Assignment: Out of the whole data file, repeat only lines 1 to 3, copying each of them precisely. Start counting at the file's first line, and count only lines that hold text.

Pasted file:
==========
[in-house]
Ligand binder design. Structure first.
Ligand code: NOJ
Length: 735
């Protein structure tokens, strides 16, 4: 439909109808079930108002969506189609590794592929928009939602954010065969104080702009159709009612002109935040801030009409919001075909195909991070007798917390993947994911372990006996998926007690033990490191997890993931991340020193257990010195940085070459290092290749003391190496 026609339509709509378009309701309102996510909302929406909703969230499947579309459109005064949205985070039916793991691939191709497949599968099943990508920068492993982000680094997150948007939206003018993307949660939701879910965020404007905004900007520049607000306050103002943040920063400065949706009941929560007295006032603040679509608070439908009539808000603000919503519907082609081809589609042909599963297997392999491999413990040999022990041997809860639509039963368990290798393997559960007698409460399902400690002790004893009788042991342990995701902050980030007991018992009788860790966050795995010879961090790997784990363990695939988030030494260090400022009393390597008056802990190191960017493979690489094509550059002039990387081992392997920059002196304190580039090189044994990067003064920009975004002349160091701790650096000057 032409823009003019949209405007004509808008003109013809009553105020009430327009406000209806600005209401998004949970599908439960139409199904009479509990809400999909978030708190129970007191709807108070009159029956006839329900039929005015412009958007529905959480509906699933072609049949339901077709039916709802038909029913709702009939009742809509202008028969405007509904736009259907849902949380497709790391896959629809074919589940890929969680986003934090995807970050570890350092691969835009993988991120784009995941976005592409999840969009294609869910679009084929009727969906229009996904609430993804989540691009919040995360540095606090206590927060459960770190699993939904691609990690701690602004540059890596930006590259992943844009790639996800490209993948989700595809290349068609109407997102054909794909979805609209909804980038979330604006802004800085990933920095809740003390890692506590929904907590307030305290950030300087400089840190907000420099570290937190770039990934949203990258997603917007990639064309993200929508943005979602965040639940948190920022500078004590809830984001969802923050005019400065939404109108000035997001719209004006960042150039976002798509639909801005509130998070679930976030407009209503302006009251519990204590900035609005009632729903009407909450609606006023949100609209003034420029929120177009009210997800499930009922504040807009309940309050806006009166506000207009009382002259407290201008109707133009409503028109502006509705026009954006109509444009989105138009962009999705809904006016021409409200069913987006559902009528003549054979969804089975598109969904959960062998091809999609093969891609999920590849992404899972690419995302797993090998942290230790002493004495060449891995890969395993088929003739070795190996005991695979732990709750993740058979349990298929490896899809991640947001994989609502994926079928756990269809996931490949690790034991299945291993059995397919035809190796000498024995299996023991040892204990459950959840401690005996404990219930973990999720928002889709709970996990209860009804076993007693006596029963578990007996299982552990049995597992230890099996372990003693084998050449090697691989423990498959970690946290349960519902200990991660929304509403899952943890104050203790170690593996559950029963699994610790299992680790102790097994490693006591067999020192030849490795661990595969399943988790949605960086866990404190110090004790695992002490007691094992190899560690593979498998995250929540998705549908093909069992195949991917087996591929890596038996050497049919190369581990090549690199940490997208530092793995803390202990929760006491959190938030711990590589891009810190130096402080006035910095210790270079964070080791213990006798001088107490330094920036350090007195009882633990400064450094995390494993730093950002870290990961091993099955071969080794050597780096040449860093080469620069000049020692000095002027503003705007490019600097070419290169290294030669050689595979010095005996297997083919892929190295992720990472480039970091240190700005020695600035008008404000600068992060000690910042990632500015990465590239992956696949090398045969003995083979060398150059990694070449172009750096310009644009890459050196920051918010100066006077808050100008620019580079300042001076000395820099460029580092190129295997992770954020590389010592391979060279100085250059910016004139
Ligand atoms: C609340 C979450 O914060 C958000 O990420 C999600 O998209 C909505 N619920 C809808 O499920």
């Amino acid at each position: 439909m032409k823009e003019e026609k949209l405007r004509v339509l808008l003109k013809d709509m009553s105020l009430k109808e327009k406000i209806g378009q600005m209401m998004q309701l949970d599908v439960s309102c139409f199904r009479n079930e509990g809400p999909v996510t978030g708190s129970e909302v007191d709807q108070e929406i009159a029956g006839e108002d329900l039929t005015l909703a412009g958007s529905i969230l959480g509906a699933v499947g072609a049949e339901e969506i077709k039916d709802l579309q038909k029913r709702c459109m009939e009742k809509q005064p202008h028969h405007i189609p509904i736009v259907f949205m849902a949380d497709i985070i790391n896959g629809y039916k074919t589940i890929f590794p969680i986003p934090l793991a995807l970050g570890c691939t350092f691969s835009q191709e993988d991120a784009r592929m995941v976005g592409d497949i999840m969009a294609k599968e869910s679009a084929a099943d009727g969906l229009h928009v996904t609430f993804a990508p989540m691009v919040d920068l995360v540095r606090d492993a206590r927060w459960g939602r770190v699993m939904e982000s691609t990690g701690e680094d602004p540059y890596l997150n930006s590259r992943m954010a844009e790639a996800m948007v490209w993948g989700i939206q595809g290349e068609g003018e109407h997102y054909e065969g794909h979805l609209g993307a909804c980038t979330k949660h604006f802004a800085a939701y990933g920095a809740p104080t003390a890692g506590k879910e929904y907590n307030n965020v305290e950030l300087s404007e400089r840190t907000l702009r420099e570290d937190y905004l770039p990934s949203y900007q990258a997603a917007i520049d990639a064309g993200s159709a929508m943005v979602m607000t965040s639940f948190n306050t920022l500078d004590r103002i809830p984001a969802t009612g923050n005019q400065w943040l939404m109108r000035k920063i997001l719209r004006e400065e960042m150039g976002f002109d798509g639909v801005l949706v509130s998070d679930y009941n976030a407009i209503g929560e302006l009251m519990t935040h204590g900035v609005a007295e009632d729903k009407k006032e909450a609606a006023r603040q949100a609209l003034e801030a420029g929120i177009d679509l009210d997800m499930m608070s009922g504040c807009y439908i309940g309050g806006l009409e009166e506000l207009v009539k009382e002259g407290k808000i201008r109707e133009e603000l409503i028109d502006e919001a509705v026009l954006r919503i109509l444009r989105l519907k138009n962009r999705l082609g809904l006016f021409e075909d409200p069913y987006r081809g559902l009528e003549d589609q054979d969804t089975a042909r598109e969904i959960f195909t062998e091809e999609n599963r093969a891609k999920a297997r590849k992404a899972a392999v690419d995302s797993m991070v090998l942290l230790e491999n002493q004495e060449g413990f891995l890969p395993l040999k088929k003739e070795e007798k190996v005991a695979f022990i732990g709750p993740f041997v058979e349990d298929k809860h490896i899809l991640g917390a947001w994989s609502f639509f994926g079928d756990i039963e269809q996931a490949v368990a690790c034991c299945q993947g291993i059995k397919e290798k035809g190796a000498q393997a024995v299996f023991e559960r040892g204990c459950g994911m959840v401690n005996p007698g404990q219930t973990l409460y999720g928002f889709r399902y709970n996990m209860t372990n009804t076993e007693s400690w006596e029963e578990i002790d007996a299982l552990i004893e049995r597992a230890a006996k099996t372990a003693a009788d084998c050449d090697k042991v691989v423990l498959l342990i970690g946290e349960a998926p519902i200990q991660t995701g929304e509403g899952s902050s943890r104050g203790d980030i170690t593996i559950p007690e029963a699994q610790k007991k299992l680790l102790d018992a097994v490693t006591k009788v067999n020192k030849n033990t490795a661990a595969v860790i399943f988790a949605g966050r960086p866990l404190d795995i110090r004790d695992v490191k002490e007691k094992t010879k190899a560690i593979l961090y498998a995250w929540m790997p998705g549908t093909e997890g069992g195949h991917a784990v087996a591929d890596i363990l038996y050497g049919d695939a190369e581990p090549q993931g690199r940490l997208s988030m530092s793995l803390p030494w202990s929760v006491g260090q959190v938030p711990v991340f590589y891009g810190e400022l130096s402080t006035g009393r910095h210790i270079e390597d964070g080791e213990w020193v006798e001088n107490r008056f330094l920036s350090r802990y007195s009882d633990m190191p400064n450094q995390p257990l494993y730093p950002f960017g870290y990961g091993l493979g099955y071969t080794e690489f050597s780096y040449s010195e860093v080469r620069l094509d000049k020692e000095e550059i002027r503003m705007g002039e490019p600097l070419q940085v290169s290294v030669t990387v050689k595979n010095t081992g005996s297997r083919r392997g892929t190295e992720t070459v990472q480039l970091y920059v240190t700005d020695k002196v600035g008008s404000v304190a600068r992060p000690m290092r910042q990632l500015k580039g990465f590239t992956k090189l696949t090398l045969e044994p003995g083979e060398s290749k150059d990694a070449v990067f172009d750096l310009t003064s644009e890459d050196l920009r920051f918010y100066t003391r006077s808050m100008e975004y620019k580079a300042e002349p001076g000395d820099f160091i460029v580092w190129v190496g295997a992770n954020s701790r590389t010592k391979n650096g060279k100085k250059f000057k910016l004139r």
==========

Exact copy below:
[in-house]
Ligand binder design. Structure first.
Ligand code: NOJ